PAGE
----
Suite of free, open-source tools to help even non-experts monitor large-scale land use change

Read the full story at MongaBay.

A recent study mapped the world’s dry forests using a relatively new tool that combines creative satellite image analysis with local- and national-scale knowledge.

Natural resource agencies worldwide inventory their country’s vegetation cover, land uses, and forest carbon stocks in order to quantify the extent and impacts of land use change as well as their progress toward commitments to international treaties. However, they often lack the tools to compile and analyze the necessary data on land use change…

The drylands researchers, led by Jean-François Bastin of the United Nations Food and Agriculture Organization (FAO), used Collect Earth, a free, open-source platform that facilitates access to multiple freely available archives of satellite imagery. It is a plug-in for Google Earth that enables visual photo interpretation of very high spatial and temporal resolution satellite imagery, made available through three repositories: Google Earth, Google Earth Engine, and Bing Maps. This effort also partners with NASA, USGS, USFS, WRI.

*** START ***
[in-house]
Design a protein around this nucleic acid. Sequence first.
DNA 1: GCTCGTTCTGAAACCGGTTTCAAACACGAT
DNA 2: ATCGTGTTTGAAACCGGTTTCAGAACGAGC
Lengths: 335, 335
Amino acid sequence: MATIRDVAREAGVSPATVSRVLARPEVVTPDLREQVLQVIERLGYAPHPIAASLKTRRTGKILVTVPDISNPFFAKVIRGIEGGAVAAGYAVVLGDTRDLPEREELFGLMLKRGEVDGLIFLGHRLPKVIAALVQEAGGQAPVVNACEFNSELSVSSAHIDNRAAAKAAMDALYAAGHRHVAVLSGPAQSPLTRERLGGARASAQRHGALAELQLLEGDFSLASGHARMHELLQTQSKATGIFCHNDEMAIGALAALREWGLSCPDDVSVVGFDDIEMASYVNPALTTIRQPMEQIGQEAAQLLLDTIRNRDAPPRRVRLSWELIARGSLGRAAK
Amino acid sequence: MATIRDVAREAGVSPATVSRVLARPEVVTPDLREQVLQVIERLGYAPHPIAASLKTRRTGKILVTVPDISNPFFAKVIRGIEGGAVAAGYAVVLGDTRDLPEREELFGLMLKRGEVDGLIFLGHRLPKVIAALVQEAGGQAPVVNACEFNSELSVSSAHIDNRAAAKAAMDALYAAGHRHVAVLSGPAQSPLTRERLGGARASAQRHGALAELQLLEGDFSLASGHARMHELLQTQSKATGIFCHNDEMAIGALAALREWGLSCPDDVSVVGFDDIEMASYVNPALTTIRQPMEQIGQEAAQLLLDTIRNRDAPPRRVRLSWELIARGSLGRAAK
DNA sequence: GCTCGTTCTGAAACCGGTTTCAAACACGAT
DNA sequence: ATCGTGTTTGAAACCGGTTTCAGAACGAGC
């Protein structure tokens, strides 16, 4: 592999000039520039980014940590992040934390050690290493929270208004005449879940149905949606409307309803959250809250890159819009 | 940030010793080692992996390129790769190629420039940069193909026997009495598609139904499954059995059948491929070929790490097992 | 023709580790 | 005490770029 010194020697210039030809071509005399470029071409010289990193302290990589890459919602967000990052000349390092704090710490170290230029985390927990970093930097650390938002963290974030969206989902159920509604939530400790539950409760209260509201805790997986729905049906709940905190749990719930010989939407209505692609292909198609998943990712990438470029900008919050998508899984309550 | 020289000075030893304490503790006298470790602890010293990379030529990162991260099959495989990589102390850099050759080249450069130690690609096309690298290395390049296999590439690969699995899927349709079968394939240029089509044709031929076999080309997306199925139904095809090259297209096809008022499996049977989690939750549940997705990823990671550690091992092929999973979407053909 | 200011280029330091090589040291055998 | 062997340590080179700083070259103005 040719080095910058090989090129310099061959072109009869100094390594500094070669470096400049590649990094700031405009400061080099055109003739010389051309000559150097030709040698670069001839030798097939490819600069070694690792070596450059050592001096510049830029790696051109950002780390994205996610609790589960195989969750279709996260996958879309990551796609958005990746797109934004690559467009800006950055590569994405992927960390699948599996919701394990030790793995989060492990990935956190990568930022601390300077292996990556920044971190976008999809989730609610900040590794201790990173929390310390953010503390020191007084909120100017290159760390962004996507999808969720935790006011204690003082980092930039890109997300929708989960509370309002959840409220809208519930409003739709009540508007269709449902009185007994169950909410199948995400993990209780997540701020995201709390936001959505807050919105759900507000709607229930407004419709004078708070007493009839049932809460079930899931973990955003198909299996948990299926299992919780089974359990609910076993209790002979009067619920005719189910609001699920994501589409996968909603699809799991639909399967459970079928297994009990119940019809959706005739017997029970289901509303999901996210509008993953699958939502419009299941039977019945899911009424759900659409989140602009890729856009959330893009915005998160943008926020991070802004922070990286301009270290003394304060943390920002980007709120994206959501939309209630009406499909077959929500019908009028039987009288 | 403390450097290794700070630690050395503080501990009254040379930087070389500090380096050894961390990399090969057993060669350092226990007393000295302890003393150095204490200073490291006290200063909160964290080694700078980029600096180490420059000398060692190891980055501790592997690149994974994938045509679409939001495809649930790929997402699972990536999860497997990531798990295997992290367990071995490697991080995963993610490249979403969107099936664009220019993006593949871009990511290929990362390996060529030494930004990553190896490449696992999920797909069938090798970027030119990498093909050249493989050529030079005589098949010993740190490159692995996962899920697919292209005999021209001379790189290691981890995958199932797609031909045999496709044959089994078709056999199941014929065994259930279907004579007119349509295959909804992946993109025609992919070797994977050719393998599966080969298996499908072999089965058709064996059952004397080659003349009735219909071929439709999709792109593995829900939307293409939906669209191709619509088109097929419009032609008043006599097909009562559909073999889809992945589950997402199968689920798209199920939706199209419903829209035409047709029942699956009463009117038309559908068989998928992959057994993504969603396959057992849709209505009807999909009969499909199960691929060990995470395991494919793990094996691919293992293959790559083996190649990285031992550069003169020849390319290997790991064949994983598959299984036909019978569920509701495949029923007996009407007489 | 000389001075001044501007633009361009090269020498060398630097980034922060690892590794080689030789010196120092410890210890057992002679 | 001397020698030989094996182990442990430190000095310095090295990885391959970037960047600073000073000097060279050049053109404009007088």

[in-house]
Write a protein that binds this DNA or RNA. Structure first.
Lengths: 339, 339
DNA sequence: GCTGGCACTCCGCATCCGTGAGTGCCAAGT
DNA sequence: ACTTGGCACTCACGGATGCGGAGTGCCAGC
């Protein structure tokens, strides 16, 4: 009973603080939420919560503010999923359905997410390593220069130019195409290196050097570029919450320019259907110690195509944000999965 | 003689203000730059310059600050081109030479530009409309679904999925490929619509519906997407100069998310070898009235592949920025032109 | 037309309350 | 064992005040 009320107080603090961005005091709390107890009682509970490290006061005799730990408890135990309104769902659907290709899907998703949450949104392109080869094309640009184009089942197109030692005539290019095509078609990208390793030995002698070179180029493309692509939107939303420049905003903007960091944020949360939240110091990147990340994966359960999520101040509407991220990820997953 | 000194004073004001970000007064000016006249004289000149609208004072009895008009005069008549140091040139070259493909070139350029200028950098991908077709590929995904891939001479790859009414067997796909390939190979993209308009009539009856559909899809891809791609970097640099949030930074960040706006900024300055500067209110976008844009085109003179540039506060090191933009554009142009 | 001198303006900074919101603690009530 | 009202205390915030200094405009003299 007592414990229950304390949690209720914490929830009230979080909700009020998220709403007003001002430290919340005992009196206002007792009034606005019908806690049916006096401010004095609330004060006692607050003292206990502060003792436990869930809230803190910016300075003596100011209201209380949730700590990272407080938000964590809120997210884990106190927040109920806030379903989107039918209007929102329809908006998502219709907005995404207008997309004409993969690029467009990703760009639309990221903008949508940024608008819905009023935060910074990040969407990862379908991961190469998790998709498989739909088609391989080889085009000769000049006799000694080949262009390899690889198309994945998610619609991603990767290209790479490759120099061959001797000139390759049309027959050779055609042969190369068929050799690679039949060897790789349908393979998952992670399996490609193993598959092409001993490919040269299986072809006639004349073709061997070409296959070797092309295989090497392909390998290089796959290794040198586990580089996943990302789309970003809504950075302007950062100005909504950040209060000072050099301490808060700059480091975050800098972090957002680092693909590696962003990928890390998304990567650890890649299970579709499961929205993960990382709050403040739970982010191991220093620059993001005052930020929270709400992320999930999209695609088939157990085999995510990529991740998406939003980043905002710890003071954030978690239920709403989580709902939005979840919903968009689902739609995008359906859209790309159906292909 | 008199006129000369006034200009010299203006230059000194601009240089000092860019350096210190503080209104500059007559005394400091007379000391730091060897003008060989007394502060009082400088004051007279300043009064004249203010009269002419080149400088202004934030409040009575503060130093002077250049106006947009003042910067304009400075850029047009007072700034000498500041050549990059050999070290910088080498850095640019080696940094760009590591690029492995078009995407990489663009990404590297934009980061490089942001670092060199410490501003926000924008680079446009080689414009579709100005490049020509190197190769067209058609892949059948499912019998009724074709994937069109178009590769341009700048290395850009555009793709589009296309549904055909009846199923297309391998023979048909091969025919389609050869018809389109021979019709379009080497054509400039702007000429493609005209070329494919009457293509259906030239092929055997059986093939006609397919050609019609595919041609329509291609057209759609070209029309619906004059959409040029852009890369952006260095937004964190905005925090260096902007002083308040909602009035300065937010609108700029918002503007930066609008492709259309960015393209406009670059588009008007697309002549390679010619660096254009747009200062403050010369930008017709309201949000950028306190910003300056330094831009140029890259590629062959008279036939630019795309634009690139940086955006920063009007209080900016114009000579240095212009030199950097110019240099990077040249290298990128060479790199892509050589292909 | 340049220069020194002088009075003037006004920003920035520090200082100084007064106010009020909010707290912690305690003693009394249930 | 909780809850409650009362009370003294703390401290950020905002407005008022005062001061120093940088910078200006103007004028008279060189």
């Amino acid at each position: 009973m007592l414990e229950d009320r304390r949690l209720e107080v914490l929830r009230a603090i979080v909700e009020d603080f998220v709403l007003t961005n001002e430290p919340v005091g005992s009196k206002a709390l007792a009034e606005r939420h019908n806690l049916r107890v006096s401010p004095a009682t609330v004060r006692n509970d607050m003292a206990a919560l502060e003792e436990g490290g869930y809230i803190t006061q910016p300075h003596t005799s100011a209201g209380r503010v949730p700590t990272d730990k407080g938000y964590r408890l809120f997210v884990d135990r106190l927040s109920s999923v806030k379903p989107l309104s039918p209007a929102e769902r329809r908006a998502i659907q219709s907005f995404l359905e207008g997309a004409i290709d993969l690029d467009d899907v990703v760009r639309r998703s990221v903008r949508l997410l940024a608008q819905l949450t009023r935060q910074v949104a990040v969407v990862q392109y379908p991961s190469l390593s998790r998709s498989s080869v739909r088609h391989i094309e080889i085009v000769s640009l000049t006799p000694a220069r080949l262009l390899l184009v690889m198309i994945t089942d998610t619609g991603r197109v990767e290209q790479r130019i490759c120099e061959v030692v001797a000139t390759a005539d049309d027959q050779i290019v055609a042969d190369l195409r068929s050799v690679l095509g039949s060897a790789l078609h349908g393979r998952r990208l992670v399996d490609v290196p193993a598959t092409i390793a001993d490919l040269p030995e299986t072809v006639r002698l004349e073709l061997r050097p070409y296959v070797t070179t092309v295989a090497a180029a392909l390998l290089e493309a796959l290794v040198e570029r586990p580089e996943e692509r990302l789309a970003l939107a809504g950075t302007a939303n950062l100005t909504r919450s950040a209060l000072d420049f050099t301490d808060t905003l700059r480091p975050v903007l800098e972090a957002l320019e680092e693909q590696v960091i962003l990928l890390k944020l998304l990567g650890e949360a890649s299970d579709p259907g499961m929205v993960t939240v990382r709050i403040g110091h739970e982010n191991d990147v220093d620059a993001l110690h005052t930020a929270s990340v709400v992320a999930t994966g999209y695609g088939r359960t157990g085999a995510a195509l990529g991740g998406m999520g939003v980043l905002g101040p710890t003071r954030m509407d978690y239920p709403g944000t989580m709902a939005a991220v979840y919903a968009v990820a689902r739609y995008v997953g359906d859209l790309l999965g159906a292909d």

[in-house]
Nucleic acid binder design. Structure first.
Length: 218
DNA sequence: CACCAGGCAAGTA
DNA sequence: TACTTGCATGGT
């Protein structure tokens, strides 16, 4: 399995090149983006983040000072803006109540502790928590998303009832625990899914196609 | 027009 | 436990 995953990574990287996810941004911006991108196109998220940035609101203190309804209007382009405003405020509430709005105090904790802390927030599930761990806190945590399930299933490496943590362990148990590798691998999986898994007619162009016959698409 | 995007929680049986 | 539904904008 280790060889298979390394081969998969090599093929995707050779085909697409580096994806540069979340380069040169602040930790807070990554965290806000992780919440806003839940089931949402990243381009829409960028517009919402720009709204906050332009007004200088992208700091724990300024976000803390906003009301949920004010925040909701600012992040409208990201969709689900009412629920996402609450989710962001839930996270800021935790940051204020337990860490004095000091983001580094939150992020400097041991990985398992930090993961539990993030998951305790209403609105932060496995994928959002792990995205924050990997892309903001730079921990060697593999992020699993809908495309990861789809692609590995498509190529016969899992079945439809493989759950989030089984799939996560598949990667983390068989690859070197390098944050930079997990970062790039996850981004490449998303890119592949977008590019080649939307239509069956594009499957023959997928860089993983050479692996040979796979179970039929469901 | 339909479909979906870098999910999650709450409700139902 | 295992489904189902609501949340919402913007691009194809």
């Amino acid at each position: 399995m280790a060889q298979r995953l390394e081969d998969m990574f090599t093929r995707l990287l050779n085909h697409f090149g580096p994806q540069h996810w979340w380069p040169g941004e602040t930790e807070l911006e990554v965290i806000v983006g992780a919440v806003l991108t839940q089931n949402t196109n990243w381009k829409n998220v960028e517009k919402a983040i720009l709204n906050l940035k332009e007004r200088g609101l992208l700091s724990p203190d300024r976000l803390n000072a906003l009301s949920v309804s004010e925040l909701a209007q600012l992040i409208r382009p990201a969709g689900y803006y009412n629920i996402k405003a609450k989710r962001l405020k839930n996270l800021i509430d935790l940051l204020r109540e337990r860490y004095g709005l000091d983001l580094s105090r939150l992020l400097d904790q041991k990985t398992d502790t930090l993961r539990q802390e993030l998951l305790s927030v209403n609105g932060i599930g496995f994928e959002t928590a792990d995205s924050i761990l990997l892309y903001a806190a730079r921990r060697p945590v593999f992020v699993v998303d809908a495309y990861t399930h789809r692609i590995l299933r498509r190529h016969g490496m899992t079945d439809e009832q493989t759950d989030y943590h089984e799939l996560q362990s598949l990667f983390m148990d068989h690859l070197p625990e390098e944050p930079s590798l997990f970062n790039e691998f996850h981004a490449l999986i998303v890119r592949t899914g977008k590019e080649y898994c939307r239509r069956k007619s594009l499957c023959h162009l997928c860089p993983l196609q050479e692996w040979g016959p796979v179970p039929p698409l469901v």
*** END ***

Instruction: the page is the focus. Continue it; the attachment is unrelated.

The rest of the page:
Author: Laura B.

I'm the Illinois Sustainable Technology Center's Sustainability Information Curator, which is a fancy way of saying embedded librarian. I'm also Executive Director of the Great Lakes Regional Pollution Prevention Roundtable. When not writing for Environmental News Bits, I'm an avid reader. Visit Laura's Reads to see what I'm currently reading.

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